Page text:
Iran’s supreme leader publicly labeled 13 Iranian Jews accused of espionage for Israel and the United States as “spies” this week — even as a senior judicial official stressed the jailed suspects were innocent until proven guilty.
The conflicting statements, both made during the visit of Austrian President Thomas Klestil to Iran this week, appeared to highlight the Jewish suspects’ role as pawns in an internal struggle between Islamic hard-liners and relative moderates in Iran.
Hadi Marvi, the new deputy head of Iran’s judiciary, told the Iran News Monday: “The 13 Iranian Jews who are under arrest are ‘accused’ of spying. We are not saying, ‘they are spies.’ ”
According to wire service reports, Marvi told the daily paper that “some” of the 13 had confessed to their crimes, but he gave no details. Those confessions, he said, provided the bulk of the case for espionage.
Nevertheless, Marvi told the newspaper, “Until the accusations are proven to be true in a court of law, they are considered ‘accused’ of spying. The trial has not been held yet.”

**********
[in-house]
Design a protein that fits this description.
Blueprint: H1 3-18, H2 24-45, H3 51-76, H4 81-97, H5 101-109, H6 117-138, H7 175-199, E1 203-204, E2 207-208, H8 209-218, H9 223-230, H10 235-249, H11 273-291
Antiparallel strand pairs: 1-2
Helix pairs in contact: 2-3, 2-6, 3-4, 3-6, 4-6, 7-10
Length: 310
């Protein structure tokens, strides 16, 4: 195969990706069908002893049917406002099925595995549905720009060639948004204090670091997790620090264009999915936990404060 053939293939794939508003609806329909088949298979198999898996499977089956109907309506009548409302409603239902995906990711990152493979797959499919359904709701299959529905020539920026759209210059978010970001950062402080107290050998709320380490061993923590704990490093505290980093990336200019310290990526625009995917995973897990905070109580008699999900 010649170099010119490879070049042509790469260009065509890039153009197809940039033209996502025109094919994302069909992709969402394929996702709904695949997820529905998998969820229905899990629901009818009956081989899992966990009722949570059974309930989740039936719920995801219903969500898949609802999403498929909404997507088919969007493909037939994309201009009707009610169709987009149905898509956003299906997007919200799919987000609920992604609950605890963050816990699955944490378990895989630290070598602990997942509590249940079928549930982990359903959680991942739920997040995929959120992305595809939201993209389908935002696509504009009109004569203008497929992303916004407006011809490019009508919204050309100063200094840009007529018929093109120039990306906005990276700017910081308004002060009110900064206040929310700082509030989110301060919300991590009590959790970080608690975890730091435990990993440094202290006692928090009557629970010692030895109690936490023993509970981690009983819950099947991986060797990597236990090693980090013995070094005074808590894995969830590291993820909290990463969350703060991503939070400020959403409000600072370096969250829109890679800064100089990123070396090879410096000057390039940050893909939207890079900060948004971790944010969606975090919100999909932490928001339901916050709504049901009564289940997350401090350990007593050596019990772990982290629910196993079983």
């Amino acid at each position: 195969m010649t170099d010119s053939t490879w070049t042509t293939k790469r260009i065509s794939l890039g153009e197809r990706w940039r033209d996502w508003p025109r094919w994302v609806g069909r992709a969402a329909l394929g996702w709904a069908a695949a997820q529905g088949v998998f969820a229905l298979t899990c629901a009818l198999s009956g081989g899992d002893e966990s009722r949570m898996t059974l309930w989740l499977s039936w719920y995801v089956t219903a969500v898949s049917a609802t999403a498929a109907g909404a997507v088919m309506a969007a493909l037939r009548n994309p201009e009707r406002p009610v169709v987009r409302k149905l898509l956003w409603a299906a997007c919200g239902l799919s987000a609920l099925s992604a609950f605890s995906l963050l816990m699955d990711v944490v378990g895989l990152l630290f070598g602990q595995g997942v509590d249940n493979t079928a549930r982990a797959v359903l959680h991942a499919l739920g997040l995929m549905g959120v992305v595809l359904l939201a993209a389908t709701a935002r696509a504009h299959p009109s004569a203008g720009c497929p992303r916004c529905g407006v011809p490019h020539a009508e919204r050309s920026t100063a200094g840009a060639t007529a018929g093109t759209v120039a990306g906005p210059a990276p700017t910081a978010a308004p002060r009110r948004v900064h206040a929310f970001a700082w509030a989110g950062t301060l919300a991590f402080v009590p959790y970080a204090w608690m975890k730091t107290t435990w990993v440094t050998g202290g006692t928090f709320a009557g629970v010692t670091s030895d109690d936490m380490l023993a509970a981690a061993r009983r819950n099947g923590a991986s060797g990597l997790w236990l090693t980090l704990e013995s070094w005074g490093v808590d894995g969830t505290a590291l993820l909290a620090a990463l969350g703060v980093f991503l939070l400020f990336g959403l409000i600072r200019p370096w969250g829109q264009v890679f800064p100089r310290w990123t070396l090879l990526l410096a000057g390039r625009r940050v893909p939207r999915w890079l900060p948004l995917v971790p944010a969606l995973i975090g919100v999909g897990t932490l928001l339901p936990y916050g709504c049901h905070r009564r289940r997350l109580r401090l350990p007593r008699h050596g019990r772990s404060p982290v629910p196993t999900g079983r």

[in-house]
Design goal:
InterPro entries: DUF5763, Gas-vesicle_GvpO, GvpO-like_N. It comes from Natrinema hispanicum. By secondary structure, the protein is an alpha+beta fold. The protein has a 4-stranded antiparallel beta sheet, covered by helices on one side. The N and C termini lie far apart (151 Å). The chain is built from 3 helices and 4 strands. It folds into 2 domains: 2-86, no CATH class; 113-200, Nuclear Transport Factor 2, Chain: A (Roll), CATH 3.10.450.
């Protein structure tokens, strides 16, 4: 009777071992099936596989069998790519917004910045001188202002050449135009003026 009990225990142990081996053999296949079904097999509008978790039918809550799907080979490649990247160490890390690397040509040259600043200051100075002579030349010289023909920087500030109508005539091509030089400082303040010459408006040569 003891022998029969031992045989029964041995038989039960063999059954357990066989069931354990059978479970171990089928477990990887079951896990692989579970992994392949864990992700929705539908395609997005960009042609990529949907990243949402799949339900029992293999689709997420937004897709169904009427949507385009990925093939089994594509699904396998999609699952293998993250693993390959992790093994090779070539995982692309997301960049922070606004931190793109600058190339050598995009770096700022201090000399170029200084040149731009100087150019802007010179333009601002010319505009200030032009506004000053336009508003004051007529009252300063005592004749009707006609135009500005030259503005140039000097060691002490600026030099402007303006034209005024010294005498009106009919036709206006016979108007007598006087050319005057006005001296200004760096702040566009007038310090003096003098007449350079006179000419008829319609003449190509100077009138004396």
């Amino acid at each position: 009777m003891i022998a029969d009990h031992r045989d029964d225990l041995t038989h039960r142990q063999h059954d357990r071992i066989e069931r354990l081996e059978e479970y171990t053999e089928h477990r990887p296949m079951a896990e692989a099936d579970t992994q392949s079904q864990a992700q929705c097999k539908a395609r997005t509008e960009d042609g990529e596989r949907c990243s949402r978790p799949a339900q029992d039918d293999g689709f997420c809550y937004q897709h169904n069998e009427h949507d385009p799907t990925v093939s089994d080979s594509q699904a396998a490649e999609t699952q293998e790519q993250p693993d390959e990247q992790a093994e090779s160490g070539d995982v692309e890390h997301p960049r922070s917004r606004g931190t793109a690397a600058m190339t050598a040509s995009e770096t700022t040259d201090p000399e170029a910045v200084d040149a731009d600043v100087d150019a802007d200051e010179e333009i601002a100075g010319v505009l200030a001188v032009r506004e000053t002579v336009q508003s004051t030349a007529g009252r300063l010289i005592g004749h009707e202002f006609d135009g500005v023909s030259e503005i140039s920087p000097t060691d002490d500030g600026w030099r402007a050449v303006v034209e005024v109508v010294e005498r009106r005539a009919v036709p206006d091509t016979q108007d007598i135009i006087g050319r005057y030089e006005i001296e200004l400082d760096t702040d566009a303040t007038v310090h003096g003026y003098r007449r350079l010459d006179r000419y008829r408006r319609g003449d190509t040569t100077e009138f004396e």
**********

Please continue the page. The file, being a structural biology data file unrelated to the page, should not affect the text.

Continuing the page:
Some observers saw the remarks as timed to coincide with the high-profile state visit of Austria’s Klestil to Tehran on Monday. The comments also appeared to respond to a tough resolution passed by the European Parliament last week calling for the Jews’ release.
But during his meeting with Klestil, Iran’s supreme leader, Ayatollah Seyed Ali Khameini, told the Austrian leader that Iran “asks nobody’s permission to punish the spies,” referring to the Jews, who face execution if convicted of espionage.
“If their crime is proved by the court, they will probably be punished,” Khameini told Klestil after the Austrian voiced concerns about Iran’s human rights record over the spy case and other cases.
“Zionist agents are everywhere, in Austria too,” Khameini told his guest. “I know in Austria they have already carried out subversive activities,” he warned, according to wire service reports.
Marvi told the Iran News that the trial of the 13, long rumored as imminent, would not come anytime soon as several individuals linked to the case are outside the country. When it is held, he said, the accused would have the right to attorneys. The judge might also allow open hearings, he said. But as with other crimes of a political nature, the case would be decided by the judge and not by a jury, Marvi said.